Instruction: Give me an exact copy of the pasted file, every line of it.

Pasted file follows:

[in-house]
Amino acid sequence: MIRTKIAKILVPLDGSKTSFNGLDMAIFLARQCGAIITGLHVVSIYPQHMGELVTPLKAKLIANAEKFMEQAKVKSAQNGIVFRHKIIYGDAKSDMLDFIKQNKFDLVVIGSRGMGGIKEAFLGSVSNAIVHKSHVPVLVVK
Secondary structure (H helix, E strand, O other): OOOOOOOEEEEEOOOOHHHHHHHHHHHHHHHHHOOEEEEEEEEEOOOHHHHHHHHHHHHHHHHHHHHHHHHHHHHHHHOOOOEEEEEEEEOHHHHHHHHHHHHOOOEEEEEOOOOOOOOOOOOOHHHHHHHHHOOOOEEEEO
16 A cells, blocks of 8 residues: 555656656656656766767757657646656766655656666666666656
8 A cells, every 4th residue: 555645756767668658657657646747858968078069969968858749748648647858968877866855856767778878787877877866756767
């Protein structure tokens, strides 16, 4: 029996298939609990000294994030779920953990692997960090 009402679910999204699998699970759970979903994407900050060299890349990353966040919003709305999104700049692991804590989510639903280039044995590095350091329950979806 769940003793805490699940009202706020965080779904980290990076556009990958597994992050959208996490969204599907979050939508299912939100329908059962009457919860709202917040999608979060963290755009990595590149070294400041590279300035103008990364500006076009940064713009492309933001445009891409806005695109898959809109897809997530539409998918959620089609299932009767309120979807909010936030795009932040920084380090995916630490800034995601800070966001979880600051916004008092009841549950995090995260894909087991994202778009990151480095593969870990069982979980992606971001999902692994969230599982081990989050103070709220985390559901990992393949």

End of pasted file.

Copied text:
[in-house]
Amino acid sequence: MIRTKIAKILVPLDGSKTSFNGLDMAIFLARQCGAIITGLHVVSIYPQHMGELVTPLKAKLIANAEKFMEQAKVKSAQNGIVFRHKIIYGDAKSDMLDFIKQNKFDLVVIGSRGMGGIKEAFLGSVSNAIVHKSHVPVLVVK
Secondary structure (H helix, E strand, O other): OOOOOOOEEEEEOOOOHHHHHHHHHHHHHHHHHOOEEEEEEEEEOOOHHHHHHHHHHHHHHHHHHHHHHHHHHHHHHHOOOOEEEEEEEEOHHHHHHHHHHHHOOOEEEEEOOOOOOOOOOOOOHHHHHHHHHOOOOEEEEO
16 A cells, blocks of 8 residues: 555656656656656766767757657646656766655656666666666656
8 A cells, every 4th residue: 555645756767668658657657646747858968078069969968858749748648647858968877866855856767778878787877877866756767
């Protein structure tokens, strides 16, 4: 029996298939609990000294994030779920953990692997960090 009402679910999204699998699970759970979903994407900050060299890349990353966040919003709305999104700049692991804590989510639903280039044995590095350091329950979806 769940003793805490699940009202706020965080779904980290990076556009990958597994992050959208996490969204599907979050939508299912939100329908059962009457919860709202917040999608979060963290755009990595590149070294400041590279300035103008990364500006076009940064713009492309933001445009891409806005695109898959809109897809997530539409998918959620089609299932009767309120979807909010936030795009932040920084380090995916630490800034995601800070966001979880600051916004008092009841549950995090995260894909087991994202778009990151480095593969870990069982979980992606971001999902692994969230599982081990989050103070709220985390559901990992393949």